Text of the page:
Skeleton racer Amelia Coltman believes she is peaking at the perfect time ahead of her Great Britain debut this weekend.
Coltman, from Melton, makes her international bow as part of a six-strong British squad at the opening round of the Europa Cup, in Germany, on Sunday.
As a debutant, the 23-year-old was automatically entered into the Europa circuit, while the more senior team members take on the elite World Cup and second tier Intercontinental Cup.
But despite her junior status in the British skeleton set-up, Coltman finished fourth-fastest lady at the British selection race in Lillehammer earlier this month.
“I feel I have earned the right to say I’ve represented Great Britain,” she said.
“I put down four consistent performances and was pleased with how I held my nerve because it was really close between me and another girl for fourth place.
“It was probably the highest-quality racing I have done so far.
“On paper I should have come last, so I was happy to beat some of the other girls.”
The result at the 1994 Winter Olympic venue, in Norway, came in spite of the worst possible build-up to the four selection races.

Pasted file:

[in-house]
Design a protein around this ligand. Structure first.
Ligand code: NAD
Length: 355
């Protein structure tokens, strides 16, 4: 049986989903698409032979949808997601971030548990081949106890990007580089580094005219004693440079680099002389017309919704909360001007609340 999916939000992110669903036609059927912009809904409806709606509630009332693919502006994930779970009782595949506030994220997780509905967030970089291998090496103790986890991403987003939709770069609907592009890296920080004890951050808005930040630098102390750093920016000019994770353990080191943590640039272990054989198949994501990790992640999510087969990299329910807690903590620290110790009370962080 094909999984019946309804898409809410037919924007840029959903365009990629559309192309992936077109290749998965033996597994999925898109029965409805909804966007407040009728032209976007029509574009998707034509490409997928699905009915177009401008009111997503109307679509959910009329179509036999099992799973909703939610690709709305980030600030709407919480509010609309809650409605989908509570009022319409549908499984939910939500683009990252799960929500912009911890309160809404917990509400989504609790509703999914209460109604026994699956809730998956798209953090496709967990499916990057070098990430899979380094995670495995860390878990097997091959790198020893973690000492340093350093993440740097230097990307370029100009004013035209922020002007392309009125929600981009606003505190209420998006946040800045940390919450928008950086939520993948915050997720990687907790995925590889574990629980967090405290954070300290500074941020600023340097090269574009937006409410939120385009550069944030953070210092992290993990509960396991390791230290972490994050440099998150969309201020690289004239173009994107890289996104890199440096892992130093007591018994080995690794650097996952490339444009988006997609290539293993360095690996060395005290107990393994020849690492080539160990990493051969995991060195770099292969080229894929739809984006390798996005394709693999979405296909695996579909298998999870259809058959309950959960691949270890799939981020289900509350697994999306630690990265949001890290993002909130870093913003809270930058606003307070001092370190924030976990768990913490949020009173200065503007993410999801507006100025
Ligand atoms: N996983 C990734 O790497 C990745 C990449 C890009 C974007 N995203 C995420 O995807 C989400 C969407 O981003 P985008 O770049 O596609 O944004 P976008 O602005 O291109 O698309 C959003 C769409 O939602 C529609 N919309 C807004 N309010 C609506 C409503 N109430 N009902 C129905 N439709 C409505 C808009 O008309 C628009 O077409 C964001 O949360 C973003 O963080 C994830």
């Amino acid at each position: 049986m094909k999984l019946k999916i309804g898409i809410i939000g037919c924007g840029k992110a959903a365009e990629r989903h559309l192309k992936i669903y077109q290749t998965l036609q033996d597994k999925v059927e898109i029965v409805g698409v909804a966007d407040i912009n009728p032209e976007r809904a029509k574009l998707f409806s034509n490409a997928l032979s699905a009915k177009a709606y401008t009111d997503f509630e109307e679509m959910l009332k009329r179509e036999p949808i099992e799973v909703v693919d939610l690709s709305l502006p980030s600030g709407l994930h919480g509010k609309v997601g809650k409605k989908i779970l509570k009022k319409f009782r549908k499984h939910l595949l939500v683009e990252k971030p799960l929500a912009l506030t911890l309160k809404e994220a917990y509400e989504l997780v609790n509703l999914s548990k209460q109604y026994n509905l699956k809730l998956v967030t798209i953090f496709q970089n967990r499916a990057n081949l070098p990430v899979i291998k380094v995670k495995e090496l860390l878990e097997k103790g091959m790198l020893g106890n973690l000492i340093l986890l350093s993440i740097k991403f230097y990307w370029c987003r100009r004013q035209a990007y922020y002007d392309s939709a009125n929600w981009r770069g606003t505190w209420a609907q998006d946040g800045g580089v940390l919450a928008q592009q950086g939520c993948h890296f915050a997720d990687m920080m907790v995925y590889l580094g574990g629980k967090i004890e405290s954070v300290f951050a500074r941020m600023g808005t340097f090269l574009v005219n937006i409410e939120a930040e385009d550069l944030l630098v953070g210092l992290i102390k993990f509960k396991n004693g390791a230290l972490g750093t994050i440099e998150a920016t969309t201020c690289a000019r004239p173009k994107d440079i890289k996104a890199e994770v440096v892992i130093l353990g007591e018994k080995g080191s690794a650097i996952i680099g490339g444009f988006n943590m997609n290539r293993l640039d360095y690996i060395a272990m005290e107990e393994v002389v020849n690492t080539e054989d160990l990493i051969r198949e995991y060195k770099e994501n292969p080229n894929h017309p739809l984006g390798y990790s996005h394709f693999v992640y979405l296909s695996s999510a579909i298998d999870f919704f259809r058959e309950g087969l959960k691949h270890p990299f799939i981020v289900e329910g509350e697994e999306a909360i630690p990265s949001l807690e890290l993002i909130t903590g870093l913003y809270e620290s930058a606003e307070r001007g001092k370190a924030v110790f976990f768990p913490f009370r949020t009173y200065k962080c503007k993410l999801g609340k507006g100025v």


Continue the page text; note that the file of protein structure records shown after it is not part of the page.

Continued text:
“I came down with food poisoning the day we flew out of Latvia for Lillehammer,” she explained.
“I had to miss the first day of official training so it meant I only had four runs on the track instead of six before the races.”
Having joined the British programme as a novice, Coltman has had to wait two years to pull on the British colours for the first time in anger.
But, like buses, the racing now comes thick and fast.
After the season opener in Winterberg, Coltman heads across Germany for back-to-back races at Konigssee the following weekend.
Coltman will need no extra motivation over the eight-race series, but there is the added motivation of promotion to the Intercontinental Cup circuit with two top-five finishes.
“It’s going to be a competitive circuit against girls that have been sliding since they were 10, but I feel optimistic,” she said.
“It will be interesting to see where I am compared to the rest of the world, especially the Germans who are top dogs in the sport.
“I would love to get some medals this year, but I’ll just have to see how it goes.”
Part of the squad’s build-up to the season curtain-raiser was an eye-opening pre-season in Latvia, at the infamous Sigulda track.
“People compare it to Whistler for its level of difficulty so getting thrown straight into that at the start of the season was a bit of a shock,” she added.
“I don’t think I had experienced skeleton until I went on that track. It was brutal.
“I just kept ticking each day off and saying ‘it’s okay, I’m still alive’.
“There were plenty of bruises, knocks and crashes, but that’s all part of it.”